The above scheme could perhaps be used for a number of Steps pieces, and if so might be named the Steps Move scheme where the darker green would also be used for jumping squares and the lighter green shown as moving is actually for sliding, though I’ve called it moving here - as an example the Khan of Meridian would have the above blue (rare) flying squares of the Dragon shown in the light green sliding (moving) colour plus the dark green leaping squares shown above…..the colours are meant more as representational than artistic - blue for the sky and green for terrain.




The tables below show the possible Line-ups of the Storm games where each side has only one of the powerful pieces:




It has been said that the Precedent and Adviser of Capablanca chess are the two most popular variant pieces (those outside of Western chess) but though they have been known by several names they were not called this by Jose Capablanca - or anyone else so far as I know.....below are shown Staunton type pieces of this more recent Chess game for these two pieces with the taller being the Precedent.....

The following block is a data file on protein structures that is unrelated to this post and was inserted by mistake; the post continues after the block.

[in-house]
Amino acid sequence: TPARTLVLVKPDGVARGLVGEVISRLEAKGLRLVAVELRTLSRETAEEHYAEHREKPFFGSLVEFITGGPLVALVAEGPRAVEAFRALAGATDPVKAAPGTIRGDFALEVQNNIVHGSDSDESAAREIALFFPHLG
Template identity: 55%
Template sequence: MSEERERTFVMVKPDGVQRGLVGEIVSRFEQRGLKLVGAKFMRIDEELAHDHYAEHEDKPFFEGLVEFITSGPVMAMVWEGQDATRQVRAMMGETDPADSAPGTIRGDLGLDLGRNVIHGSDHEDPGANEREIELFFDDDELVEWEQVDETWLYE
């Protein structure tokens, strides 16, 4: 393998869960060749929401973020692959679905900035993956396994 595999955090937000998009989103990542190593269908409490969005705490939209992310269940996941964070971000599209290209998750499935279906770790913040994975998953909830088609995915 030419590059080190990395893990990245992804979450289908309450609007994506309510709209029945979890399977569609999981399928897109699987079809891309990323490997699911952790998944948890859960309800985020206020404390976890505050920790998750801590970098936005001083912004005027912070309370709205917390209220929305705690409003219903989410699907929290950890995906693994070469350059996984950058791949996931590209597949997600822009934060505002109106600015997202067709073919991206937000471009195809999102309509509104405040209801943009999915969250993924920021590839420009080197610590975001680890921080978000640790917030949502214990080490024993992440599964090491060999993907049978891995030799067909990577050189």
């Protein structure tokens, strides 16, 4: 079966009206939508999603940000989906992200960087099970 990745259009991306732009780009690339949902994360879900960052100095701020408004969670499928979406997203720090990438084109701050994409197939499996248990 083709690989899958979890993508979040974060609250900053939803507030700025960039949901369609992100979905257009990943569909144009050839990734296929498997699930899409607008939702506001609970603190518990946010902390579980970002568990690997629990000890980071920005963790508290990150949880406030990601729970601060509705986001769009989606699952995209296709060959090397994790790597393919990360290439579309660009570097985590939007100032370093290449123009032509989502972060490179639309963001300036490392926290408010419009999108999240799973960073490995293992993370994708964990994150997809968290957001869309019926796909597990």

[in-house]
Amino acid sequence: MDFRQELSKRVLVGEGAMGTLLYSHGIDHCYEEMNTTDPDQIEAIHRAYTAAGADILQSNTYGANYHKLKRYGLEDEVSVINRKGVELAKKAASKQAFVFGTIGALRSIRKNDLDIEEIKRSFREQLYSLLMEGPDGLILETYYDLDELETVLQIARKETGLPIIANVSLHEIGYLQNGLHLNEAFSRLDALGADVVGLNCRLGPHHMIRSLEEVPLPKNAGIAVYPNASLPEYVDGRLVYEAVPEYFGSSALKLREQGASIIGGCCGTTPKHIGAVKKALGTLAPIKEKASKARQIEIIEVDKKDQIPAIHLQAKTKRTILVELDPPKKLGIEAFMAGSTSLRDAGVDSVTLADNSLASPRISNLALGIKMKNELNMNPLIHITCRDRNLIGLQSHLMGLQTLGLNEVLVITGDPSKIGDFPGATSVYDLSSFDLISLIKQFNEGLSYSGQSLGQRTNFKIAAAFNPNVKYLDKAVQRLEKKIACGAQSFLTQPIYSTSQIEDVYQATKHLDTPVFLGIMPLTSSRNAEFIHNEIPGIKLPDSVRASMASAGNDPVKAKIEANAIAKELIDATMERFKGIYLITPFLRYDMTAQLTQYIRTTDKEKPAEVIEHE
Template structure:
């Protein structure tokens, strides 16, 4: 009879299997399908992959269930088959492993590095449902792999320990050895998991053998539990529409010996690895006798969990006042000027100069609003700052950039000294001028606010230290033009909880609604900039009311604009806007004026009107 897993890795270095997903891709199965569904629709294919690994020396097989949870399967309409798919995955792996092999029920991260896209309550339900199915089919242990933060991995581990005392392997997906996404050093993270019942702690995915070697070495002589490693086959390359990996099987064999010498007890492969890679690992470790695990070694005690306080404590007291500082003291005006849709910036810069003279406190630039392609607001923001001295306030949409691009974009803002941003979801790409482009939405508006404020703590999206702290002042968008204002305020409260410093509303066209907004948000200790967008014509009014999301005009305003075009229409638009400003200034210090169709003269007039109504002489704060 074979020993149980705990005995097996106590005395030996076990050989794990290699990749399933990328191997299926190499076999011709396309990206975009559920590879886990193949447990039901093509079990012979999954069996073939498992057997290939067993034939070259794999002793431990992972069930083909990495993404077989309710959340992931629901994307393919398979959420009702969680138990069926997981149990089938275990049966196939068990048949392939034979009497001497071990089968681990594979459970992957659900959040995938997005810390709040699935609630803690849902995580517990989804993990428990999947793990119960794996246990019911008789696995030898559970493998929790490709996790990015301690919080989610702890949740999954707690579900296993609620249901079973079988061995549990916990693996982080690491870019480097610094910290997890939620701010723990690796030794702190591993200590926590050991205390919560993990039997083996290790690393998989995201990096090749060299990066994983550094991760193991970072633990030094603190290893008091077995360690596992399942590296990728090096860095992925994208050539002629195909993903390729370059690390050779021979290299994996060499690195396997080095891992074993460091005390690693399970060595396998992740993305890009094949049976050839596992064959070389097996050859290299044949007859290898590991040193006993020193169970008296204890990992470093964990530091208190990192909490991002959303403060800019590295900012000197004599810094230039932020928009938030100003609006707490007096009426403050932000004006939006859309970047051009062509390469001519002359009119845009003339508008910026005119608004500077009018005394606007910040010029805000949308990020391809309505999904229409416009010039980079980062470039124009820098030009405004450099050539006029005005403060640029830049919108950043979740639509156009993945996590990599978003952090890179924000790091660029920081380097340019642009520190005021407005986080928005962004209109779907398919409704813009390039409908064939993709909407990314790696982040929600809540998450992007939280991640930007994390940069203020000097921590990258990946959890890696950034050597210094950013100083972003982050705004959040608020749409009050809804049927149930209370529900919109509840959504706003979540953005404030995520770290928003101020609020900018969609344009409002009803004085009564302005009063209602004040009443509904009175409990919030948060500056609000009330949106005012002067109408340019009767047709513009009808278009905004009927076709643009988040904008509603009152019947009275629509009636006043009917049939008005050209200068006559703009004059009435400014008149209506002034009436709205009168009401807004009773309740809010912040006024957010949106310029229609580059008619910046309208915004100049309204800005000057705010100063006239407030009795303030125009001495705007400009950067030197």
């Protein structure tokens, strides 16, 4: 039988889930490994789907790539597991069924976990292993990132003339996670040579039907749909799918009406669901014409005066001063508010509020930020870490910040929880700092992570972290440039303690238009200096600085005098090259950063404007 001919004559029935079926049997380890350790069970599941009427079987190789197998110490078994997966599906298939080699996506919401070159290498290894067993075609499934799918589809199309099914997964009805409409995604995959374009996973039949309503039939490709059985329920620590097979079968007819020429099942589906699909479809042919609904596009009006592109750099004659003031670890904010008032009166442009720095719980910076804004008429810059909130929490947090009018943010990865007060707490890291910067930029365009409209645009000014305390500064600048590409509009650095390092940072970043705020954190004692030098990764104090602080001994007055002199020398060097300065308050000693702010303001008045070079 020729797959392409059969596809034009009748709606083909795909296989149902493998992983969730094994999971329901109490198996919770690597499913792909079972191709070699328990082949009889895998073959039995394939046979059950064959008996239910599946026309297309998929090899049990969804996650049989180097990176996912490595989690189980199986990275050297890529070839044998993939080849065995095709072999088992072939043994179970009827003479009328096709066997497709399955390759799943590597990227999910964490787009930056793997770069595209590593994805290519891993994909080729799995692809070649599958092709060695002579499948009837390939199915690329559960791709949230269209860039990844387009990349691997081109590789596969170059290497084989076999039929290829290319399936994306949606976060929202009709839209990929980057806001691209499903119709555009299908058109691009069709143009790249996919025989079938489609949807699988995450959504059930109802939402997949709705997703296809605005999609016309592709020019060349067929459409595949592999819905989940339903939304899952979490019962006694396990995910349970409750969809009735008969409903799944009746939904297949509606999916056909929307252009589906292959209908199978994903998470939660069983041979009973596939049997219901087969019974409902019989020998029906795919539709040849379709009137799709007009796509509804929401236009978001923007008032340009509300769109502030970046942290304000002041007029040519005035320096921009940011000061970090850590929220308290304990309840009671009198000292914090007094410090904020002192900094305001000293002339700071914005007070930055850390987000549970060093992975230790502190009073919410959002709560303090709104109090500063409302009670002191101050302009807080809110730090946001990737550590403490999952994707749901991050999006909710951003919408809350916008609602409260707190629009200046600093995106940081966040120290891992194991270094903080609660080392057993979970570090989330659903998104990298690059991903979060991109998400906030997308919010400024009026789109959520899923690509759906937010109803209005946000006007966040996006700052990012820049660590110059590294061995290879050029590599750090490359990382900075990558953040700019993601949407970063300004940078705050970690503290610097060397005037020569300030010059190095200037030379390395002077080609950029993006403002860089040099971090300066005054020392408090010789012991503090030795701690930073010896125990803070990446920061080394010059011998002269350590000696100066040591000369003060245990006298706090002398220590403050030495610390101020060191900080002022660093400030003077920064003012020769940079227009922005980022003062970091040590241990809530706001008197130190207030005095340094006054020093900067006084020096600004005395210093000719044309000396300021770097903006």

.....But these may be more suited as a design for the Prince (the taller) and the Princess, and in this case a suitable design for the Precedent and Adviser will be required - and although not stated so in the information table Staunton pieces may at times be acceptable for playing the Storm games, but not the Gothic piece variation as this is for the LancerChess games only.




In all variations individual pieces are usually referred to as Northern or Southern but Orange or White is allowed and in addition and also in all variations the Northern/Orange (but not the Southern/White) King, Queen, Prince and Princess can be referred to as the Storm.....e.g. the Storm King or the Storm Princess etc. - thus by referring to e.g. 'the Storm Prince' this would specifically mean the Northern/Orange Prince but by referring to 'the prince of the game storm' this would be a general reference to either piece, but see Further thoughts - Name changes etc